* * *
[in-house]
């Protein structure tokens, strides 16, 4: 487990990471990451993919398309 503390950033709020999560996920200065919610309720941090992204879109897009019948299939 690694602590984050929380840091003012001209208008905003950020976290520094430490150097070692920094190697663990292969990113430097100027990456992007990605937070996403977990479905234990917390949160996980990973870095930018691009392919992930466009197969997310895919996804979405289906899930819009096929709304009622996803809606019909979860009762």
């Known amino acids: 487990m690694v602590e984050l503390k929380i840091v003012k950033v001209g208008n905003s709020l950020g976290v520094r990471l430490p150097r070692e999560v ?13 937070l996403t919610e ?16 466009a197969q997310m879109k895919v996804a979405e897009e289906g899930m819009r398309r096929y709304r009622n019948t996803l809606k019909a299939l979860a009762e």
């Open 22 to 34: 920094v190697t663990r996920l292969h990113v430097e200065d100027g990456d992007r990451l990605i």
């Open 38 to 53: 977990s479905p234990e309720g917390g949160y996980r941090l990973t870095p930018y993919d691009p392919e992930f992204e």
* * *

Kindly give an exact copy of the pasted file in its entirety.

[in-house]
């Protein structure tokens, strides 16, 4: 487990990471990451993919398309 503390950033709020999560996920200065919610309720941090992204879109897009019948299939 690694602590984050929380840091003012001209208008905003950020976290520094430490150097070692920094190697663990292969990113430097100027990456992007990605937070996403977990479905234990917390949160996980990973870095930018691009392919992930466009197969997310895919996804979405289906899930819009096929709304009622996803809606019909979860009762």
């Known amino acids: 487990m690694v602590e984050l503390k929380i840091v003012k950033v001209g208008n905003s709020l950020g976290v520094r990471l430490p150097r070692e999560v ?13 937070l996403t919610e ?16 466009a197969q997310m879109k895919v996804a979405e897009e289906g899930m819009r398309r096929y709304r009622n019948t996803l809606k019909a299939l979860a009762e």
């Open 22 to 34: 920094v190697t663990r996920l292969h990113v430097e200065d100027g990456d992007r990451l990605i």
């Open 38 to 53: 977990s479905p234990e309720g917390g949160y996980r941090l990973t870095p930018y993919d691009p392919e992930f992204e």